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Caring for Someone with Dementia

Posted on by Tim Gothmann

By: Chris Rosenthal Director of Aging and Disabilities Services of Jewish Family Service of St. Paul

More than 30 years ago, “The 36 Hour Day” (Mace and Rabins) was written to offer support and information to families caring for a family member experiencing dementia. The authors recognized that the demands of being a caregiver often overwhelm and make caregivers wish they had 36 hours in a day!  Since then, much has been learned about dementia and the diseases that cause it. We have also learned that it is possible to find meaning and joy in life for both the caregiver and the person with dementia. With education and support, caregivers are better able to manage the challenges and frustrations of caring for someone with dementia and provide a better quality of life for their loved one.  More importantly, caregivers are recognizing that this is not a job to do alone; being a caregiver requires the support of many. It “takes a village”.

Four primary areas of concern arise for most caregivers who are caring for their loved one with dementia (The Caregiver Notebook, 2015).

    1. Safety.  Decreased cognition and memory can place people with dementia at risk for their safety. “How do I tell Dad that he can no longer drive?” or “How do I keep Mom from wandering out the front door”?
    2. Health.  Diseases that cause dementia, the most common one being Alzheimer’s disease, impact a person’s overall health in many ways.  Caregivers often struggle with the challenges of ensuring a healthy diet for their loved one or being certain that a loved one is getting enough exercise and stimulation.
    3. Caregiver well-being.  When caregivers focus so much attention and energy on the person they are caring for, it is all too easy to ignore one’s own needs. It is a concerning statistic that a spouse caring for his/her partner is 40% more likely to die before the person for whom care is being provided.
    4. Caregiver skills and techniques.  People with dementia, because of the cognitive challenges they face, often express themselves through behaviors that don’t make sense to the caregiver. The person with dementia, using the cognitive resources available to him/her, respond in ways that can confuse and even upset family members. To reduce stress, caregivers need to learn new ways of responding and communicating.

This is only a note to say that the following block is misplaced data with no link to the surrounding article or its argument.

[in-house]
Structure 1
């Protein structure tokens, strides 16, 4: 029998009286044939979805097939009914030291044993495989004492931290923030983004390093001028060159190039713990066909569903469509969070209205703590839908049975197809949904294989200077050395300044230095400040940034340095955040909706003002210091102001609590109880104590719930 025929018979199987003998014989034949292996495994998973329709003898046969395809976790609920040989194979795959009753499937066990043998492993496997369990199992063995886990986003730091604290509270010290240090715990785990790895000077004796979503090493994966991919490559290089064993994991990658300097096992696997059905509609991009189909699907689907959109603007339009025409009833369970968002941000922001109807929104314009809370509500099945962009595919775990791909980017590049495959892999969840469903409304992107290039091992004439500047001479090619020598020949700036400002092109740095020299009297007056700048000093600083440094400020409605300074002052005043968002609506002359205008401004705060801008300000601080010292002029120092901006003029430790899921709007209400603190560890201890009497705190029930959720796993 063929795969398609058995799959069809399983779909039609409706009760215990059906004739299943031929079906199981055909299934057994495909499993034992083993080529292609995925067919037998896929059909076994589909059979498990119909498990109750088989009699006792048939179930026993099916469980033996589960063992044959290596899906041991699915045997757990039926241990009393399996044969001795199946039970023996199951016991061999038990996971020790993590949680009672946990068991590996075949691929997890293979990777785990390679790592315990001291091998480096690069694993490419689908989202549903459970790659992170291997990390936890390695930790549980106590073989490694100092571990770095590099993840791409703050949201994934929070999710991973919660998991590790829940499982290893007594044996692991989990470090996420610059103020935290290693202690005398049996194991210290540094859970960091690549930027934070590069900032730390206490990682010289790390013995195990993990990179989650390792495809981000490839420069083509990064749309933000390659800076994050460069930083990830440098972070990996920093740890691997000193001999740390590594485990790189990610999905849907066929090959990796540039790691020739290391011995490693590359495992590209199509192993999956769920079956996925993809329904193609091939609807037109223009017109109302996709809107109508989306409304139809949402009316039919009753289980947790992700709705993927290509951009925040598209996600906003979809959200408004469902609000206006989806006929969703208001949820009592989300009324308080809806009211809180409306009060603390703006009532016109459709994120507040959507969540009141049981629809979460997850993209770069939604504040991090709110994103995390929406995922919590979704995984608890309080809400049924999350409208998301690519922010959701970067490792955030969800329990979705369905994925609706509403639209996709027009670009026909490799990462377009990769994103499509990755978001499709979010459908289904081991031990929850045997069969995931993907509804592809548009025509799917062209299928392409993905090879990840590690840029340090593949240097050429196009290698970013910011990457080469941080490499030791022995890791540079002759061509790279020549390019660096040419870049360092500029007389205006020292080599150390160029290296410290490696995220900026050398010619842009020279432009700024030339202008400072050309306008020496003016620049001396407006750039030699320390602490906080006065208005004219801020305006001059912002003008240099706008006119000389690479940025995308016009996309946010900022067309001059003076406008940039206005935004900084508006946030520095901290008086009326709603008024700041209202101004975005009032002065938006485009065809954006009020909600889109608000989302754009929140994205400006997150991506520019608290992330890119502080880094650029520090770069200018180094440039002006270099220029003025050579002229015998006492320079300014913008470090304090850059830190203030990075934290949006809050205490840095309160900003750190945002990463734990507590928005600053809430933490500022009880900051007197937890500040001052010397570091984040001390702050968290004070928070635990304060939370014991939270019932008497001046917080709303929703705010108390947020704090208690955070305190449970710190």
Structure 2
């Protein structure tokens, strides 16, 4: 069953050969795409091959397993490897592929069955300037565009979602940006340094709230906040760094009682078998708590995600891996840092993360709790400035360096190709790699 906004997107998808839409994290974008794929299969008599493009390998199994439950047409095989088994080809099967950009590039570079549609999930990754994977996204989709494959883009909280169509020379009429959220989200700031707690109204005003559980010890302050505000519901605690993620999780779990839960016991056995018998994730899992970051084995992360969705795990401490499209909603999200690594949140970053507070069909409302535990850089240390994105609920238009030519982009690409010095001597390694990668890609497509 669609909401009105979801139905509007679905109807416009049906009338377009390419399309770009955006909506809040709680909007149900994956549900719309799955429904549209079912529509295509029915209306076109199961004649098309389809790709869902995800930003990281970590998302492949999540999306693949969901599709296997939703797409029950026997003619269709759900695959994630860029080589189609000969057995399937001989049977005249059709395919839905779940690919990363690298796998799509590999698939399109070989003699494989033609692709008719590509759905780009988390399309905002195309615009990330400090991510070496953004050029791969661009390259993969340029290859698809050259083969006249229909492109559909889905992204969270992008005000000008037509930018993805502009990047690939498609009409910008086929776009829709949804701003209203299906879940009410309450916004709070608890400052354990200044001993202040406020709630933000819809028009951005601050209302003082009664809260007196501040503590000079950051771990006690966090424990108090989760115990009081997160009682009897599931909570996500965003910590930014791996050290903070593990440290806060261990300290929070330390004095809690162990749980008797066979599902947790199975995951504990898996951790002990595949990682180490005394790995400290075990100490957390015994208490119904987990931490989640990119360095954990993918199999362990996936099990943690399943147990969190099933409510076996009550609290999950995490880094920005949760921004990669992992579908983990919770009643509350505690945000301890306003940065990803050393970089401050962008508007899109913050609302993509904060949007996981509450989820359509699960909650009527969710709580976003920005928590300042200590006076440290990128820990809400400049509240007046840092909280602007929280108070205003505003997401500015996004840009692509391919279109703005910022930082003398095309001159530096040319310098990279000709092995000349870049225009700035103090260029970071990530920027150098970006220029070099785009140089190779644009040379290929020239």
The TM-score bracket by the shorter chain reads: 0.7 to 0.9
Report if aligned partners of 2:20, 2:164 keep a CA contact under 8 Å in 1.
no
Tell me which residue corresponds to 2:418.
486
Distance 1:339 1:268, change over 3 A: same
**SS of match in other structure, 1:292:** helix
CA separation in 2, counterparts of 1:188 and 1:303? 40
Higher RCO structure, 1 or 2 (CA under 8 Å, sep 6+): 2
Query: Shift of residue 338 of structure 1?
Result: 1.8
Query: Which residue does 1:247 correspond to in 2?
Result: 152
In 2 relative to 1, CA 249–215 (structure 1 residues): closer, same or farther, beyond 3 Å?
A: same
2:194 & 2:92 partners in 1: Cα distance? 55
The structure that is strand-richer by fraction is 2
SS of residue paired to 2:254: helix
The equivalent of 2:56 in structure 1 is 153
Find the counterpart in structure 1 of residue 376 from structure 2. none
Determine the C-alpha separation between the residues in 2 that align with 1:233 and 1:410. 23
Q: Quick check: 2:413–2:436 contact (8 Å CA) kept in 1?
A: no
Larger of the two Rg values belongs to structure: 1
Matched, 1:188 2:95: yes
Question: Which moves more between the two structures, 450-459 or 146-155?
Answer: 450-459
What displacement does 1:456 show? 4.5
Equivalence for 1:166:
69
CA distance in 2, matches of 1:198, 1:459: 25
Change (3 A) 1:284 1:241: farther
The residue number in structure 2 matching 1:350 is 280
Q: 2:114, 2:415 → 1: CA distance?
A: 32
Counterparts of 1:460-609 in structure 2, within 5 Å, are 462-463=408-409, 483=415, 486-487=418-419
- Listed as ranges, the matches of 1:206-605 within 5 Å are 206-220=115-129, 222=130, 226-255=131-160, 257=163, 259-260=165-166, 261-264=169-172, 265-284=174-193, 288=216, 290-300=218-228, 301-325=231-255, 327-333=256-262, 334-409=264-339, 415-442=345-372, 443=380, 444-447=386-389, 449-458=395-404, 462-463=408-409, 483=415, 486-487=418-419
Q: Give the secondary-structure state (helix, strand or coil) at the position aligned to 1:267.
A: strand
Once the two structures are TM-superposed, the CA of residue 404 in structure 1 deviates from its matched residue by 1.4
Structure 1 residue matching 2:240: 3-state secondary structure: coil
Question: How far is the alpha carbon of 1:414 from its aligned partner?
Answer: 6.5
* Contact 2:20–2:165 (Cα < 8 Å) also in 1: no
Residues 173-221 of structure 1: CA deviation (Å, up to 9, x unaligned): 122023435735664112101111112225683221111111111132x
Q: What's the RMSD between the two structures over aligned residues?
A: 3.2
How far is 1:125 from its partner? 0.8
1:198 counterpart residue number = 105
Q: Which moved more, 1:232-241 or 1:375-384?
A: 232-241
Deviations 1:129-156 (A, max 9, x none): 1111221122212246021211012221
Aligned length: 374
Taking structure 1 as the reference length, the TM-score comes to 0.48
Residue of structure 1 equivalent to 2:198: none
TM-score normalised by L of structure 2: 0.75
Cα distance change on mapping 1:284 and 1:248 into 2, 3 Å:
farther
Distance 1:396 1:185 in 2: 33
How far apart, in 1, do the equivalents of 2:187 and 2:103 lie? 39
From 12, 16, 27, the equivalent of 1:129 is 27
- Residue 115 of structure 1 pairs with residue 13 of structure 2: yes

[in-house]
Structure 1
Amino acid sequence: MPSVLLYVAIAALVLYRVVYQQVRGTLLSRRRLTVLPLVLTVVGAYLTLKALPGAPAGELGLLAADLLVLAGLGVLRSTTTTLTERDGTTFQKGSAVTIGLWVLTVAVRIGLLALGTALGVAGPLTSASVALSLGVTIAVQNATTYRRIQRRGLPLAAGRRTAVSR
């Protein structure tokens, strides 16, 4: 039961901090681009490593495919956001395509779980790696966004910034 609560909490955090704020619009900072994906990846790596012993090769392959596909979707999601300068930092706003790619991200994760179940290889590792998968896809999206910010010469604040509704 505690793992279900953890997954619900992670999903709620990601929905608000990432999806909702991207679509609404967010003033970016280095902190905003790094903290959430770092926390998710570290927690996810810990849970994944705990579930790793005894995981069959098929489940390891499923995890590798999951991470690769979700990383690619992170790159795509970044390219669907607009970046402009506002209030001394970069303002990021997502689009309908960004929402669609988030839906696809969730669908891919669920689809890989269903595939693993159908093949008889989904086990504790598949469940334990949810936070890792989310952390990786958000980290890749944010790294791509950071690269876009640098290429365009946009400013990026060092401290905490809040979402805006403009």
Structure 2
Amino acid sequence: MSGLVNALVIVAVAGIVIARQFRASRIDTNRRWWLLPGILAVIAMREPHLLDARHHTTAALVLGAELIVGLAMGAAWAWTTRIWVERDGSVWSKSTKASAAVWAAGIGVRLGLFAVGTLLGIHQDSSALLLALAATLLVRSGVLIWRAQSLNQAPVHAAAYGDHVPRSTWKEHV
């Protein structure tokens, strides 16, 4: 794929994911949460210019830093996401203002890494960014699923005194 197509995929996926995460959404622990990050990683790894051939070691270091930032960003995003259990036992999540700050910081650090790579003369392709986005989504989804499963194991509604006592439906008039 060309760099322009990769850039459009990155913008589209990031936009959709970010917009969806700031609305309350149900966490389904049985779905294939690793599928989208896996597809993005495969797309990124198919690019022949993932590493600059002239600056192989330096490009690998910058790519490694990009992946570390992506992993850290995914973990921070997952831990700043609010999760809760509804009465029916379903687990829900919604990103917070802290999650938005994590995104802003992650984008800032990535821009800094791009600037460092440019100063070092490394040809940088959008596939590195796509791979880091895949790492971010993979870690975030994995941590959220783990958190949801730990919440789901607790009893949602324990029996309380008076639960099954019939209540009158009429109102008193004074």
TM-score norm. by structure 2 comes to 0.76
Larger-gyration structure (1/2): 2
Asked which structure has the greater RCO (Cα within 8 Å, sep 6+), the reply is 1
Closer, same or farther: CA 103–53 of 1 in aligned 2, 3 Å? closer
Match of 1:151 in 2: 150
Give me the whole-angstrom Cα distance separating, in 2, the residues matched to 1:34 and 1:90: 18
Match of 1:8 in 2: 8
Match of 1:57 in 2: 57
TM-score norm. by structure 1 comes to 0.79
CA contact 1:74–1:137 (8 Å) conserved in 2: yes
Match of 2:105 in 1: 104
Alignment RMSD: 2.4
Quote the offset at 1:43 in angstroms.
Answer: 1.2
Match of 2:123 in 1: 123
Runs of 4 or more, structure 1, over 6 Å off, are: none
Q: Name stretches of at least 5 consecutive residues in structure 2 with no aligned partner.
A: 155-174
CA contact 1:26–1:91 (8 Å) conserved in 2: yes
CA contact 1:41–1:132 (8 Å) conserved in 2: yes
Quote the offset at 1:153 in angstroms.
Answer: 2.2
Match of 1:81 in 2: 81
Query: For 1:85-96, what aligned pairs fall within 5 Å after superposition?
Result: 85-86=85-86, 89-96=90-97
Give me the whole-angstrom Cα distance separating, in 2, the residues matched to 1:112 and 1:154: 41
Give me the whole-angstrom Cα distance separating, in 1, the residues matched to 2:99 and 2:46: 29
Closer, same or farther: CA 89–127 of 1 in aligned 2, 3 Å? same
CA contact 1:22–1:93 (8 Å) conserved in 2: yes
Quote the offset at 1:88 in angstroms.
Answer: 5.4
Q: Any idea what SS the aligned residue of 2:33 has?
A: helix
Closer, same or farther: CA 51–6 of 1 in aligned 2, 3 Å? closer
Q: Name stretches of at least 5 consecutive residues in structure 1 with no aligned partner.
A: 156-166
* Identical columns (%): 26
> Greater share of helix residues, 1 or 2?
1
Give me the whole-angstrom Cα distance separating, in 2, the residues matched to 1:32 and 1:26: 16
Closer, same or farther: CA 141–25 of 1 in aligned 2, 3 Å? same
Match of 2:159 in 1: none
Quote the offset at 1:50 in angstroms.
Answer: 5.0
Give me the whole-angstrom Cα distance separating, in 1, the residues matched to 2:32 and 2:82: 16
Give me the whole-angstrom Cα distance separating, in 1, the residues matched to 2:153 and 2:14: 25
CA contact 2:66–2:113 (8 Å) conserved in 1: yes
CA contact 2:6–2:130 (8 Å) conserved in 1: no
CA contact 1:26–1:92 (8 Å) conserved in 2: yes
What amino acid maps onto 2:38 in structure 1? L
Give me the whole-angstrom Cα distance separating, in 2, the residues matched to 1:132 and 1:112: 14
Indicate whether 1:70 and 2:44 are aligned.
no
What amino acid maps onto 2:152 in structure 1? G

So how does a family go about “building a village” to support both the caregiver and the person with dementia to address these concerns?

  • Support groups. Many caregivers find support groups invaluable. Simply realizing that you are not alone in your caregiving journey offers hope.  Other caregivers can be “wells of wisdom”, sharing the creative ways they have learned to care for their family member and to respond to the behavioral expressions of their loved one.  
  • Education. The Alzheimer’s Association is an good source of information. Their website offers a myriad of articles and publications that can be downloaded. The local Minnesota/North Dakota chapter offers numerous support groups and educational sessions occurring throughout the metropolitan area (  On April 30th, the Twin Cities Jewish Community Alzheimer’s Task Force sponsored a half-day conference for caregivers at Adath Jeshuran, titled, “Keeping the Spirit Alive: A Conference for Caregivers and Those Supporting a Loved One with Dementia”.  
  • Dementia coaching and counselling. Many caregivers find what they need most is the opportunity to meet one-on-one with a knowledgeable professional for counselling and support around care needs for their family member.  Jewish Family Service of St. Paul (JFS) has certified dementia coaches on staff to assist families. These coaches work with caregivers to develop strategies to address concerns specific to the issues presented by their family member experiencing dementia.  Coaches address safety and health concerns presented by families and teach them caregiving skills, as well as self-care strategies.  Coaches also assist persons with dementia and their families secure community resources to address current needs and to plan for future needs.

Caregivers need to know that they are not alone.  It “takes a village” when caring for someone with dementia.  To receive more information about support, education and coaching available, call Chris Rosenthal, JFS Director of Aging and Disability Services, at 651-698-0767 or email her at

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